Which Auto Insurance Companies Offer the Best Customer Service?
Last updated April 2020
When shopping for insurance, many drivers care about more than just cost. If you have a claim, you want it to be quickly paid so you can get back on the road with minimal hassle. Our ratings tables evaluate insurers for claims-handling service. We found that some low-priced companies also rate fairly high for service quality.
Ratings from Policyholders
We asked consumers who had recently made auto insurance claims to rate their companies “inferior,” “adequate,” or “superior” on several elements of service. Our ratings tables show what percentage of policyholders rated each company “superior” on each survey question. Click here for a further description of our policyholder survey and other research methods and how to interpret them.
As you can see, our ratings tables reveal big differences in how customers rated companies. For our survey question “overall claims-handling quality,” for example, scores range from 92 percent for Amica and 91 percent for USAA to 31 percent for National General.
Feedback from Auto Body Shops
We also asked auto body shops to rate the insurers “poor,” “fair,” “good,” “very good,” or “excellent” on “treating their customers (car owners) fairly.” Our ratings tables show the percent of surveyed shops that rated each company “good,” “very good,” or “excellent,” and the number of ratings each company received.
Surveyed shops gave highest marks to Amica, Chubb, and USAA. Shops rated Allstate, Esurance, GEICO, Metromile, and Progressive lowest.
Another way to assess quality is to look at the number of complaints filed against each company with state regulators. While policyholders might rate a company less than “superior” if its deficiencies are minor, filing a formal complaint with a government regulatory agency presumably reflects serious dissatisfaction.
Our ratings tables also report the number of “justified” private passenger auto insurance complaints filed with the California Department of Insurance (DOI) during 2016, 2017, and 2018, the most recent years for which data were available when we checked. “Justified” complaints meet certain criteria established by the California Code of Regulations and usually involve an insurer acting against insurance regulations or in some way breaching the insurance contract. Our ratings tables also report a “justified” complaint rate for each company, which takes into account the fact that companies that do much more business than others are likely to incur more complaints. It is calculated as the number of justified complaints per 100,000 “exposures,” which is generally defined by the DOI as vehicles covered by the company.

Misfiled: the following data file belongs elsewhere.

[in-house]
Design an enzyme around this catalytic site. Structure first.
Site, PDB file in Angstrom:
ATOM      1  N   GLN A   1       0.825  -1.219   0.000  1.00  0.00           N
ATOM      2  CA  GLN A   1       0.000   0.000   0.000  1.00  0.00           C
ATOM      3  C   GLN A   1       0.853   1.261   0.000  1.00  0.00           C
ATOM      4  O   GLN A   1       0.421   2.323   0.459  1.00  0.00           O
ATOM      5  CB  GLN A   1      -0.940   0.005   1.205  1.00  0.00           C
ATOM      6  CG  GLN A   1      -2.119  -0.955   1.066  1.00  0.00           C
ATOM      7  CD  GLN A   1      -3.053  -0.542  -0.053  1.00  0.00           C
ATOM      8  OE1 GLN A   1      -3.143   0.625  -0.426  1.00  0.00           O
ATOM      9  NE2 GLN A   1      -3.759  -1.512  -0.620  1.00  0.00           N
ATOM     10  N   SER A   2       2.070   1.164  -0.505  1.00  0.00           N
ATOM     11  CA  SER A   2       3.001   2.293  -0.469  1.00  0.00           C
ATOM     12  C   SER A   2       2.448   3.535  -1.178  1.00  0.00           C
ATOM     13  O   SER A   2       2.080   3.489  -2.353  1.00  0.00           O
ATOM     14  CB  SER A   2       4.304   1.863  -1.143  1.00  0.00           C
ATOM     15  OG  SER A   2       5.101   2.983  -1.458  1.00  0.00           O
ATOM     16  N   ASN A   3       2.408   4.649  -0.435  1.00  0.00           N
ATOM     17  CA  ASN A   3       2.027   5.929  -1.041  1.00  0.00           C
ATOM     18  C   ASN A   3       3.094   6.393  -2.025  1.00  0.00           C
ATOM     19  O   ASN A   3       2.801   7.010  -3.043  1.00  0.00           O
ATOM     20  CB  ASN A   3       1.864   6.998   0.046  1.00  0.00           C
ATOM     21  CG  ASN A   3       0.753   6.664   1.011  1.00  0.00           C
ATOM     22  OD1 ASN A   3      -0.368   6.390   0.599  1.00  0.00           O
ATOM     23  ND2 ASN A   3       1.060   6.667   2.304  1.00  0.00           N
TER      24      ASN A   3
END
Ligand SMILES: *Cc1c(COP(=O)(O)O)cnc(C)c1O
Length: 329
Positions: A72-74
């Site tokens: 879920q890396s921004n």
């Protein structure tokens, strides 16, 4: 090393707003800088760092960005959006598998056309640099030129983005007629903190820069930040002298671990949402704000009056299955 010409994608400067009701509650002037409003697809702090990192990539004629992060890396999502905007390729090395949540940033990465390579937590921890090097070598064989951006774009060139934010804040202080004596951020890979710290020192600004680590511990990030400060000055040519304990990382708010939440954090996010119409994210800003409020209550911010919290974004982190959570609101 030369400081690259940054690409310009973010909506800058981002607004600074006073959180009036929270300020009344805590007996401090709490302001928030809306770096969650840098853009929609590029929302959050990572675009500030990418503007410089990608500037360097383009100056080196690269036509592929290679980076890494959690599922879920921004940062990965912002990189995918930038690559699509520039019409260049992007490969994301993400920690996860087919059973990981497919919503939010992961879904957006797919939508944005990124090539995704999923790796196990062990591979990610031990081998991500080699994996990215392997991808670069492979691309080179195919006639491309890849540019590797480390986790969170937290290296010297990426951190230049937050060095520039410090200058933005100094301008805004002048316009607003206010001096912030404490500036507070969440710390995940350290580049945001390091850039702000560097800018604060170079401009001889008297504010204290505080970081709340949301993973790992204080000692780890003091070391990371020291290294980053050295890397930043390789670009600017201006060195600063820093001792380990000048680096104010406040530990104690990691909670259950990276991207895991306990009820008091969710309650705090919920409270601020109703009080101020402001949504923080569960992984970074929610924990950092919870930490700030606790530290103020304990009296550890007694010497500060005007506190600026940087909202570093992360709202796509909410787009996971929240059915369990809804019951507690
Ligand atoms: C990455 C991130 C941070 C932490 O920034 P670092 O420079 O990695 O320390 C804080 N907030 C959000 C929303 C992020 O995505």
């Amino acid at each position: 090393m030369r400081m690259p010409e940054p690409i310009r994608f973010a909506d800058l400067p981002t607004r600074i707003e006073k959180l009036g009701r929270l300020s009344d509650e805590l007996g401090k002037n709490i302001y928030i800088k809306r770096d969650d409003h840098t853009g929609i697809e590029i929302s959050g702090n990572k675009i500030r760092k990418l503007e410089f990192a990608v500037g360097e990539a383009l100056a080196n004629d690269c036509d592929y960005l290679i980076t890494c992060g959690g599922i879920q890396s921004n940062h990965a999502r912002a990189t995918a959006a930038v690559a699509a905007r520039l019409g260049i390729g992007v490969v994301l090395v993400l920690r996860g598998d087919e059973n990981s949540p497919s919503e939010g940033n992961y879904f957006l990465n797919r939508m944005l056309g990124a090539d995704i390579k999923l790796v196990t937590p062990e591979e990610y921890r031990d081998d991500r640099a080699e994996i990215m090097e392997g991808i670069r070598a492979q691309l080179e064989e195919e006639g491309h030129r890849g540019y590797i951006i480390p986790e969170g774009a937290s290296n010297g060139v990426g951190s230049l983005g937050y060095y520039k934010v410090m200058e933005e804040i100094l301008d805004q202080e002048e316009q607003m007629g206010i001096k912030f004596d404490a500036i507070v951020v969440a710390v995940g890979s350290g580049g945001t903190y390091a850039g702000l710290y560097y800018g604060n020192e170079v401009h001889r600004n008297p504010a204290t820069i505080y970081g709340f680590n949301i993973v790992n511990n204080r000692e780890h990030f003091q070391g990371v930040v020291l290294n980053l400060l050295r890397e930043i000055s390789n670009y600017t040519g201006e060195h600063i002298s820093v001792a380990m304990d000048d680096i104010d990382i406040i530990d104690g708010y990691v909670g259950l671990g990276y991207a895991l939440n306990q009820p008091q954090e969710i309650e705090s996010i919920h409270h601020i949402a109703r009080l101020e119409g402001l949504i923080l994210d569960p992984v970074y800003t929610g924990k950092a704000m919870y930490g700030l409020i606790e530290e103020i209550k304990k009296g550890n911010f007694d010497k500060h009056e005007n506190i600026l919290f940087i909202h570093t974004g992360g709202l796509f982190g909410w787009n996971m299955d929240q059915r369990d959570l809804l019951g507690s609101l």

Non-renewals and Terminations
You don’t want to sign on with an insurer that will terminate your coverage or jack up your rates if you get a speeding ticket or file a claim. Getting dropped by an insurer is at best inconvenient—most insurance companies charge very high rates to customers who had coverage terminated by other companies. At worst you’ll have to enroll in a special plan for high-risk drivers, which is the most costly option of all.
California laws place restrictions on insurance companies for policy terminations. The state allows cancellation or non-renewal in cases of fraud/misrepresentation, non-payment of premium, suspension or revocation of license or registration, or substantial increase in the hazard insured against. An insurer may not non-renew coverage solely based on age or the fact that there is an outstanding claim on the policy.
Our survey of policyholders asked them to rate their companies on “not unreasonably cutting coverage.” The results appear on our ratings tables. But because cancellations are fairly uncommon, we don’t recommend spending a lot more money to sign on with a company with a great cancellation record.
Of course, even if a company doesn’t drop you it can still dramatically increase your premium in response to an accident or violation, forcing you to terminate on your own to find a lower-priced company. Our survey results for “not unreasonably raising premium” reveal big company-to-company variation.